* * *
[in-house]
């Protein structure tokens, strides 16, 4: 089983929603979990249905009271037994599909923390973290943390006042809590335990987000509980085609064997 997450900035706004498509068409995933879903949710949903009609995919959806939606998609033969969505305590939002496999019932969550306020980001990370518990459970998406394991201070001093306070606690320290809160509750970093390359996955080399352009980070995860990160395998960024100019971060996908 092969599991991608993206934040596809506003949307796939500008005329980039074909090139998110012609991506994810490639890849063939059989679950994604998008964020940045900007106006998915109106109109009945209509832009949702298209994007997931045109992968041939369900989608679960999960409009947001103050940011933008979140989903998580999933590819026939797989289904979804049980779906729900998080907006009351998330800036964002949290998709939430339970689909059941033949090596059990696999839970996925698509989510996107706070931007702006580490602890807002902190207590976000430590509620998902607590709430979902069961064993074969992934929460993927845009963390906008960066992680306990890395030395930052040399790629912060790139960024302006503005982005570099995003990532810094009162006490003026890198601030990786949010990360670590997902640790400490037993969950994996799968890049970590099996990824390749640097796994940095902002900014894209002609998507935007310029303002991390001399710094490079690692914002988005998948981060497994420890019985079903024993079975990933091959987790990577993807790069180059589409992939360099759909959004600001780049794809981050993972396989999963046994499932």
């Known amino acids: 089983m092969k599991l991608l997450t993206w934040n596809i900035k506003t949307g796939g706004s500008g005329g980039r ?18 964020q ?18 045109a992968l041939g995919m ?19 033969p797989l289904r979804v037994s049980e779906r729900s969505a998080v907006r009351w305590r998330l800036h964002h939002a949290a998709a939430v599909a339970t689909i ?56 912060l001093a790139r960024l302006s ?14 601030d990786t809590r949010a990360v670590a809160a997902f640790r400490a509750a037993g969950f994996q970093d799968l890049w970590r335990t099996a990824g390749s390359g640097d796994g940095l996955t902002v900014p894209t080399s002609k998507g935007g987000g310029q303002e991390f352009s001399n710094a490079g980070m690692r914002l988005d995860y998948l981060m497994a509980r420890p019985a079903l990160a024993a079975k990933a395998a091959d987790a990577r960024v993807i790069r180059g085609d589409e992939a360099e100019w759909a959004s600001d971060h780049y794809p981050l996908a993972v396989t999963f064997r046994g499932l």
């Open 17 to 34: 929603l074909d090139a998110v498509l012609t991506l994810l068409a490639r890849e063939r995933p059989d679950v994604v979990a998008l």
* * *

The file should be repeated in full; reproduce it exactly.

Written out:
[in-house]
């Protein structure tokens, strides 16, 4: 089983929603979990249905009271037994599909923390973290943390006042809590335990987000509980085609064997 997450900035706004498509068409995933879903949710949903009609995919959806939606998609033969969505305590939002496999019932969550306020980001990370518990459970998406394991201070001093306070606690320290809160509750970093390359996955080399352009980070995860990160395998960024100019971060996908 092969599991991608993206934040596809506003949307796939500008005329980039074909090139998110012609991506994810490639890849063939059989679950994604998008964020940045900007106006998915109106109109009945209509832009949702298209994007997931045109992968041939369900989608679960999960409009947001103050940011933008979140989903998580999933590819026939797989289904979804049980779906729900998080907006009351998330800036964002949290998709939430339970689909059941033949090596059990696999839970996925698509989510996107706070931007702006580490602890807002902190207590976000430590509620998902607590709430979902069961064993074969992934929460993927845009963390906008960066992680306990890395030395930052040399790629912060790139960024302006503005982005570099995003990532810094009162006490003026890198601030990786949010990360670590997902640790400490037993969950994996799968890049970590099996990824390749640097796994940095902002900014894209002609998507935007310029303002991390001399710094490079690692914002988005998948981060497994420890019985079903024993079975990933091959987790990577993807790069180059589409992939360099759909959004600001780049794809981050993972396989999963046994499932």
């Known amino acids: 089983m092969k599991l991608l997450t993206w934040n596809i900035k506003t949307g796939g706004s500008g005329g980039r ?18 964020q ?18 045109a992968l041939g995919m ?19 033969p797989l289904r979804v037994s049980e779906r729900s969505a998080v907006r009351w305590r998330l800036h964002h939002a949290a998709a939430v599909a339970t689909i ?56 912060l001093a790139r960024l302006s ?14 601030d990786t809590r949010a990360v670590a809160a997902f640790r400490a509750a037993g969950f994996q970093d799968l890049w970590r335990t099996a990824g390749s390359g640097d796994g940095l996955t902002v900014p894209t080399s002609k998507g935007g987000g310029q303002e991390f352009s001399n710094a490079g980070m690692r914002l988005d995860y998948l981060m497994a509980r420890p019985a079903l990160a024993a079975k990933a395998a091959d987790a990577r960024v993807i790069r180059g085609d589409e992939a360099e100019w759909a959004s600001d971060h780049y794809p981050l996908a993972v396989t999963f064997r046994g499932l």
């Open 17 to 34: 929603l074909d090139a998110v498509l012609t991506l994810l068409a490639r890849e063939r995933p059989d679950v994604v979990a998008l």